- The elegant ships in the prequel trilogy could be explained by the fact that most of them come from a particular culture - Naboo. Indeed, most ships that aren't explicitely from Naboo tend to have the blockier appearance expected of the series.
- In Return of the Jedi, many of the Alliance starcruisers are more aquatic looking, with blisters all over the hull, in contrast to the angular Imperial Star Destroyers.
- The mile-long ISV Venture Star from Avatar is designed to be realistic from a presently envisaged engineering standpoint, as a pure starship, never intended to enter an atmosphere. It's optimized for minimal mass, and thus has a wiry hollow look focused around the pair of giant front-mounted antimatter annihilation engines, with huge radiator panels glowing visibly to dissipate the engines' heat produced, and massive spherical fuel tanks carrying fuel and reaction mass for the relativistic ship. The relatively tiny habitation and cargo modules, pair of Valkyrie shuttles and even tinier artificial-gravity crew compartments are all dragged along behind. The Valkyries themselves are SSTOs, designed for atmospheric flight, and are thus fairly sleek winged designs.
- Deliberately averted, avoided, hell, run away from in Darren Aronofsky's The Fountain, where the Astronaut's spaceship —carrying only him and the Tree of Life within it— is a huge transparent bubble that moves easily across space in its long, long journey from Earth to the star Xibalba. Word of God says that they chose this simple, but appealing design because not all spaceships have to look like “trucks in space.”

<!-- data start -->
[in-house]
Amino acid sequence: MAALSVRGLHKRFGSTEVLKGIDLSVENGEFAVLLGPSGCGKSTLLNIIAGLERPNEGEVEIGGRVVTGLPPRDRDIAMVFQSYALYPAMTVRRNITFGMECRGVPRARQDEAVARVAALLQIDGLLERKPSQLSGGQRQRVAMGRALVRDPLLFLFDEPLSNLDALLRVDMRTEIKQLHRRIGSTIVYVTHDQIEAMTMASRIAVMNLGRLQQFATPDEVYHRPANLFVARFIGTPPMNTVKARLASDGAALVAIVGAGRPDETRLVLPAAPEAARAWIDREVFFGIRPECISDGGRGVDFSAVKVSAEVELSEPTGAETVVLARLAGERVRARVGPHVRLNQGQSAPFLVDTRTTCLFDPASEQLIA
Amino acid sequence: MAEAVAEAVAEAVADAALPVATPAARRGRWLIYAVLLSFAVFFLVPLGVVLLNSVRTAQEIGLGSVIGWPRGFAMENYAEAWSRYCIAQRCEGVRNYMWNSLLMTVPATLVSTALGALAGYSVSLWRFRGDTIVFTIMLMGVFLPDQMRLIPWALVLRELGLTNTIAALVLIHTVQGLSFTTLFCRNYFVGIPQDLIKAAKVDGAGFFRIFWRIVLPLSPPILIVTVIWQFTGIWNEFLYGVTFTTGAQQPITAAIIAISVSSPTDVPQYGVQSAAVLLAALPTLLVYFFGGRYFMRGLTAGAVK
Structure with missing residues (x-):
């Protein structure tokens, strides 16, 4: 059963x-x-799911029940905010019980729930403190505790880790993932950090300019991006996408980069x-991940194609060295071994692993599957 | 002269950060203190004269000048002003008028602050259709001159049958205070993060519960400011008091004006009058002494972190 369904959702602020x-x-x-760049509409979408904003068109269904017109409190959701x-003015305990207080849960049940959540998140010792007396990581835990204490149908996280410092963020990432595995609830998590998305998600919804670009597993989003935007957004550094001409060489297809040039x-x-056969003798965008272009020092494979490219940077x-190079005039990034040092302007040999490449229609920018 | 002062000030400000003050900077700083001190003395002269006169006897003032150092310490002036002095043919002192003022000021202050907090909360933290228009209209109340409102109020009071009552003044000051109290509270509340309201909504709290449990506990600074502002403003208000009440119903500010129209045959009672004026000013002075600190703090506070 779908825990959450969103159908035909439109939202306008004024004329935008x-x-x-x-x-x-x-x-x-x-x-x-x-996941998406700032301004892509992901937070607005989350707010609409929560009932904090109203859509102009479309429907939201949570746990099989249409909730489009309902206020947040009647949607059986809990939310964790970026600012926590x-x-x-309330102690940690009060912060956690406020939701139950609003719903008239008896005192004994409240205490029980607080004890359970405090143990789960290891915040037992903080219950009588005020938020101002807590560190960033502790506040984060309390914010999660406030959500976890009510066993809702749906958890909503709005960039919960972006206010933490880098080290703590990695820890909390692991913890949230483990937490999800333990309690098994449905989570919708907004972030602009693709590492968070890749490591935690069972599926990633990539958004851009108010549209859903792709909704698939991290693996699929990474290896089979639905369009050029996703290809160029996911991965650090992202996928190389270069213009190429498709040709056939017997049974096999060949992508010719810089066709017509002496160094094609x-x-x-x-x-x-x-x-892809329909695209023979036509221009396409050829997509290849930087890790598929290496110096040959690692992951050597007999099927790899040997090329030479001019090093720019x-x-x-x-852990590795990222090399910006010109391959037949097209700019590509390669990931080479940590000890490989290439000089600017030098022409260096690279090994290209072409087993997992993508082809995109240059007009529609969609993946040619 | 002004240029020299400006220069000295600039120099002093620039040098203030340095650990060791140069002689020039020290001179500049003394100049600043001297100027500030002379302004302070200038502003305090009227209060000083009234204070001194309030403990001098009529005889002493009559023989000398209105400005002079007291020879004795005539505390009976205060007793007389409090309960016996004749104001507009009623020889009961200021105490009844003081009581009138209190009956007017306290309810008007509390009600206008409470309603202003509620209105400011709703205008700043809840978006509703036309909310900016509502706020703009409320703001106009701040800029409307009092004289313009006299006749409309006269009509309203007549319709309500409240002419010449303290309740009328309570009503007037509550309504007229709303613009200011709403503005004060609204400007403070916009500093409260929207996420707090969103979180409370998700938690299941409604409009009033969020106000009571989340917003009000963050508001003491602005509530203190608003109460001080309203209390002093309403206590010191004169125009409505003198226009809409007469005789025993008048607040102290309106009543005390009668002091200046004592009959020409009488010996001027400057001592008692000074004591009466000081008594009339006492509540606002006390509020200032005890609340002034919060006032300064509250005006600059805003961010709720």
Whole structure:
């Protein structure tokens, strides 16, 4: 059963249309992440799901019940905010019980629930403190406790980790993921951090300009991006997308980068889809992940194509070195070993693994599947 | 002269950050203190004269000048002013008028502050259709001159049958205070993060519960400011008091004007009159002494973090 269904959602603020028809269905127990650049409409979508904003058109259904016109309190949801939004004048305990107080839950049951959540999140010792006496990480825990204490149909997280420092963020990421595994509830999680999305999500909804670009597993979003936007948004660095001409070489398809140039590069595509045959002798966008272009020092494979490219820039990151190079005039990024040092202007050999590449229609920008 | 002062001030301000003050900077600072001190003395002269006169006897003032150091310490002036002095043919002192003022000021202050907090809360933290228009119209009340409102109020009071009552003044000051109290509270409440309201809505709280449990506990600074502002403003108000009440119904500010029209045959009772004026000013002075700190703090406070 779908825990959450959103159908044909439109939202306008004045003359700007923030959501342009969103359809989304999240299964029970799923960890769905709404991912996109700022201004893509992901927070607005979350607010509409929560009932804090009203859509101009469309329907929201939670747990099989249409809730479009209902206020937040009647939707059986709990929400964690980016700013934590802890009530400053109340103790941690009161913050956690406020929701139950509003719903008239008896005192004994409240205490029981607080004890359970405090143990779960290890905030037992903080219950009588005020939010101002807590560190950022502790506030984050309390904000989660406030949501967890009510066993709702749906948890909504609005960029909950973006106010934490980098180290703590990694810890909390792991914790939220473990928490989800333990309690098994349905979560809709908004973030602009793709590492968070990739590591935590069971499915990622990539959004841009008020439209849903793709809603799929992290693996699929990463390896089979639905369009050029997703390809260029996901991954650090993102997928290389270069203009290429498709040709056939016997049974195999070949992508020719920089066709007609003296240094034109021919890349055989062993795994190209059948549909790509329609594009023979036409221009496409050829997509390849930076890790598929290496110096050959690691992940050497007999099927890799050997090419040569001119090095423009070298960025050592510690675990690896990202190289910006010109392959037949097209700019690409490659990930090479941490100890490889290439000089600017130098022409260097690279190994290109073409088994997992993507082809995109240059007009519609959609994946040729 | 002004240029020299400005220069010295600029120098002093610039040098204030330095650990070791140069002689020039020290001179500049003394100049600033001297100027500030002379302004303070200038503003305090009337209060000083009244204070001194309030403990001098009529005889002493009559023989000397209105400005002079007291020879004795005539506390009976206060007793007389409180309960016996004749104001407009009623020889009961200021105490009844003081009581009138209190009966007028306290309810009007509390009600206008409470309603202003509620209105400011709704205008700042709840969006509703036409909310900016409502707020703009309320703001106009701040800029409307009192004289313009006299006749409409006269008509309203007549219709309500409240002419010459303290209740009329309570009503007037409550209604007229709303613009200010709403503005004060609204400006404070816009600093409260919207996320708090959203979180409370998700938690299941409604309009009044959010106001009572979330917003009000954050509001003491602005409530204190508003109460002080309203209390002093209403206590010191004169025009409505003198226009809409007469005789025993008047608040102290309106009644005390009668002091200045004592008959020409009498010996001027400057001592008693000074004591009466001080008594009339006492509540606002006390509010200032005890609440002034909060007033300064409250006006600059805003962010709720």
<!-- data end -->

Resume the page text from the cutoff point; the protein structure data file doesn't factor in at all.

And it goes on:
- The Sulaco in Aliens is extremely boxy looking except for the spiky bits at the front of the vessel.
- The human warships◊ in the film version of Ender’s Game definitely have this look. The Little Doctor, in particular, doesn't look completely finished.
- Lampshaded in Anne McCaffrey's Acorna Series, where the Linyaari are openly baffled as to why human spaceships only come in one color. Slightly subverted in that Linyaari ships are, to human eyes, painted in loud and garish colors.
- In David Weber's Honor Harrington series it's mentioned that all of the major powers use reactive pigments to give their ships a primary color to distinguish them in visual inspections, but it's also noted how easy it is to change the paint-scheme.
- Subverted in David Drake's Reaches trilogy, where the main characters' ships have ceramic hulls to resist the corrosive atmosphere of their native Venus. Every other spacefaring culture uses metal hulls, and it's noted that when the stresses of Transit become too great, a ceramic ship falls apart all at once, with a total loss of life (one ship is seen to have come out of Transit looking like a cloud of gravel), while a metal ship's hull might hold together long enough for some of the crew to be rescued. Also, everybody's hulls tend to be rounded, usually more-or-less cigar-shaped, although they fly or land with the long axis parallel to the ground, unlike “rocketships.”
- In Charles Stross' Singularity Sky, most spacefaring civilizations use functional, cylindrical designs for their ships. The technologically backward New Republic wanted their flagship to look like a proper warship instead, and so gave it a more attractive shape. It promptly gets destroyed by more functional, if less stylish, enemy craft.
Live Action TV
- Battletech has mostly rounded ships, but otherwise adheres.